Patients underwent positron emission tomography and computed tomography (CT) scans at enrollment and again at weeks 10, 24, and 52, after which patients underwent CT scans every four months for two years, followed by every six months until progression for 10 years. Bone marrow biopsies were also performed at enrollment and again in patients who achieved complete remission (CR) and had marrow involvement at baseline.
The most common grade 3 and 4 hematologic adverse event (AE) was neutropenia (18%), while the most common grade 3 non-hematologic AEs were rash (36%), diarrhea (5%), febrile neutropenia (5%), atrial flutter (5%), and arthralgia (5%). Almost all patients (n=18/22) developed a rash, with grade 1 or 2 rash occurring in 46 percent of patients, and grade 3 occurring in 36 percent. Two patients withdrew from the study due to persistent rashes that occurred after cycle one.
Half of the patients (50%; n=11) from all dose levels required dose reduction due to AEs, including rash (n=7; 36%), neutropenia (n=3; 14%), and thrombocytopenia (n=1; 5%). Six patients discontinued treatment due to AEs, including grade 3 rash (n=2; 9%), grade 3 atrial flutter (n=1; 5%), grade 3 diarrhea (n=1; 5%), hypertension (n=1; 5%), and depression (n=1; 5%).
In addition, five patients reported new malignancies.
Focusing on efficacy, the overall response rate was 95%, with 36% of patients achieving a complete response. The median time to first response was 2.3 months (range = 1.9-11.1 months), and the median time to best response was 5.5 months (range = 1.9-25.1 months). See TABLE 2 for dose responses. After a median follow-up of 19.2 months (range = 2.3-27.1 months), the 12-month progression-free survival was 80 percent (95% CI 57-92). None of the eight patients who discontinued therapy early experienced FL progression.
The authors noted that responses were independent of FLIPI score and bulky disease, “further supporting the consideration of biologic regimens for the treatment of FL,” they wrote.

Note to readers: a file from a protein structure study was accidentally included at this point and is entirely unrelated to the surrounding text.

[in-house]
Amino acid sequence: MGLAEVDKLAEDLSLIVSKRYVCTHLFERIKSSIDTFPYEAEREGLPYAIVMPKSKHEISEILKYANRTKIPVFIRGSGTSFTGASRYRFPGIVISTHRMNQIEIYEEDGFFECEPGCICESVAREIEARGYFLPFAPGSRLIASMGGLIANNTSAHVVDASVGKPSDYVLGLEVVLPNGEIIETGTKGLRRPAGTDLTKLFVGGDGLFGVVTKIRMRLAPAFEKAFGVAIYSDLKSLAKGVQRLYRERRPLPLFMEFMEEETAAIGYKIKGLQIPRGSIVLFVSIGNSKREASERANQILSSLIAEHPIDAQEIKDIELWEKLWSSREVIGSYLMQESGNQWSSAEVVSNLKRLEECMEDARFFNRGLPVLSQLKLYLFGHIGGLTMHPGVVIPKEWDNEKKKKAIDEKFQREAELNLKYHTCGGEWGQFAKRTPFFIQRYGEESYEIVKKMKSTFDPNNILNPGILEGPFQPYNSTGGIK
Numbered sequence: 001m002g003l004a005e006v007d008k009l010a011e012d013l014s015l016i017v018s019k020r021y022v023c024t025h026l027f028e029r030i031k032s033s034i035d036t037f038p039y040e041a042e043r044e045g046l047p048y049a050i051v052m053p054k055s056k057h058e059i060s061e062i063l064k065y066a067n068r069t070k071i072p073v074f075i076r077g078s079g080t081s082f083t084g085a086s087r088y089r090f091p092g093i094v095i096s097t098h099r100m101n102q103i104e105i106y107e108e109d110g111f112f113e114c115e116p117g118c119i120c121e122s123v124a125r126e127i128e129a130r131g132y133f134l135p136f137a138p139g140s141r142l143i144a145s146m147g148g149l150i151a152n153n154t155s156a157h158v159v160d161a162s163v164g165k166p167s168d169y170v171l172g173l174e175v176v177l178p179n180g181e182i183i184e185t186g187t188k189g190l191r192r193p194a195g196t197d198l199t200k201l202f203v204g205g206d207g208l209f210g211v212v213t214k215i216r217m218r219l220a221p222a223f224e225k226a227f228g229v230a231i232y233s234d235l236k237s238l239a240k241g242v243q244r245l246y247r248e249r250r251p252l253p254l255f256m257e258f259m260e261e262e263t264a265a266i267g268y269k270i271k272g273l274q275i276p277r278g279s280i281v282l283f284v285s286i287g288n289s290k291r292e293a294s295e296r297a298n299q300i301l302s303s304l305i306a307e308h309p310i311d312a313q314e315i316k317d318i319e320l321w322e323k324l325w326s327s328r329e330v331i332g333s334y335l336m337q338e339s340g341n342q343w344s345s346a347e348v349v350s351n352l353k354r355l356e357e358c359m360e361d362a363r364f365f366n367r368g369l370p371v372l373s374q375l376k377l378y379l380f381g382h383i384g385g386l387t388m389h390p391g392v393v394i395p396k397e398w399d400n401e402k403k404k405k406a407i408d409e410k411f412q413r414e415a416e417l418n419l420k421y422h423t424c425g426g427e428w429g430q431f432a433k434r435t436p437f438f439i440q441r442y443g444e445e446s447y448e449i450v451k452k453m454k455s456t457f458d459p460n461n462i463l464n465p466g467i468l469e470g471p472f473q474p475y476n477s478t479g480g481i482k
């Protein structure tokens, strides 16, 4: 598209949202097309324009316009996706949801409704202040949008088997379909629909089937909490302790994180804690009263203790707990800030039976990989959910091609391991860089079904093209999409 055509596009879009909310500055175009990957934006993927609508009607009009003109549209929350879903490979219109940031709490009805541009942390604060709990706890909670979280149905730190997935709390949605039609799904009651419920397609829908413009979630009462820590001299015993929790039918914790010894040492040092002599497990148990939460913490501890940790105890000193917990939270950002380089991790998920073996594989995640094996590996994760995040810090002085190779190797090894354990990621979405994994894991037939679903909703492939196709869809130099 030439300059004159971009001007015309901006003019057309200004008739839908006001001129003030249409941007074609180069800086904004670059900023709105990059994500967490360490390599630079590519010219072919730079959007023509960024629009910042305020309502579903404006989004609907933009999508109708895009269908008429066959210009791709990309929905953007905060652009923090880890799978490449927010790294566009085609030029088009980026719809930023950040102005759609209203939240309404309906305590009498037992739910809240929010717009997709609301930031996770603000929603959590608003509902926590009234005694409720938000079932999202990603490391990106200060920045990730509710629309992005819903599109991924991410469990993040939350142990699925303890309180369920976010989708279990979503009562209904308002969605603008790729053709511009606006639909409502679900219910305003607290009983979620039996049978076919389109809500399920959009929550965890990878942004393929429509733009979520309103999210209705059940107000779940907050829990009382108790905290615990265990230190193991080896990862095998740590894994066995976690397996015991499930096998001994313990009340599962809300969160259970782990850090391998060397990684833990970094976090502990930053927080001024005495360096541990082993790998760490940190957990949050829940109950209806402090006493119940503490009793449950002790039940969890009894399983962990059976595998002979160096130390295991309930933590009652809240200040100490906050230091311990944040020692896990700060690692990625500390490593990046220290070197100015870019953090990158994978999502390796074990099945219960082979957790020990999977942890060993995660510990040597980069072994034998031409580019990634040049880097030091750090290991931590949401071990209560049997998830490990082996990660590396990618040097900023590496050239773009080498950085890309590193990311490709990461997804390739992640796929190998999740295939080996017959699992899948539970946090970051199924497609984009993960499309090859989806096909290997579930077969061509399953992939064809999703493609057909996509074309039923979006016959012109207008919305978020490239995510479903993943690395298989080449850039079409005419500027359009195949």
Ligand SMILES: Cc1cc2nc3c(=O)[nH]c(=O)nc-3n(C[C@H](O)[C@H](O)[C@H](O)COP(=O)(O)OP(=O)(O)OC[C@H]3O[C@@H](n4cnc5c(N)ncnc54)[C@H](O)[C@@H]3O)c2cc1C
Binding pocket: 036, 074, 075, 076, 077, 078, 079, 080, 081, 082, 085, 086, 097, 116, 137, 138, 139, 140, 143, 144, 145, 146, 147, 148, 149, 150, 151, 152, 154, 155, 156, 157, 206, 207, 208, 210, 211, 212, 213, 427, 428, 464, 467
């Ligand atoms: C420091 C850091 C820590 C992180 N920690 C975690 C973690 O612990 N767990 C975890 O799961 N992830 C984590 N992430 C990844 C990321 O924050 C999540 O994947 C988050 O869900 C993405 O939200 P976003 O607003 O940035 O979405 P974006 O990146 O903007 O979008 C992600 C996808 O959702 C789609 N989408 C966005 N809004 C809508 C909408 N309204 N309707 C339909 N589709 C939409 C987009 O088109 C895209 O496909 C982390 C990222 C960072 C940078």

The study is limited by its small patient cohort, short median follow-up, and lack of repeat bone marrow biopsies in some patients to confirm CR.
However, given the toxicity profile, the investigators did not recommend further studies of the ibrutinib, lenalidomide, and rituximab combination. “An improvement in clinical benefit with the additional third agent was not apparent,” the authors concluded. “While further investigation of the triplet seems unwarranted in this setting, the rituximab–lenalidomide combination remains a promising option. Ibrutinib may have a place in the relapsed setting as a single agent or in combination with another biologic.”
Ujjani CS, Jung SH, Pitcher B, et al. Phase I trial of rituximab, lenalidomide, and ibrutinib in previously untreated follicular lymphoma: Alliance A051103. Blood. 2016 October 3. [Epub ahead of print]
|TABLE 1. Dose Level Cohorts|
|Level 0 (n=3)||15 mg||420 mg|
|Level 1 (n=3)||15 mg||560 mg|
|Level 2 (n=16)||20 mg||560 mg|
|TABLE 2. Response Rates According to Dose Level (DL)|
|Overall response rate||95%||100%||100%||94%|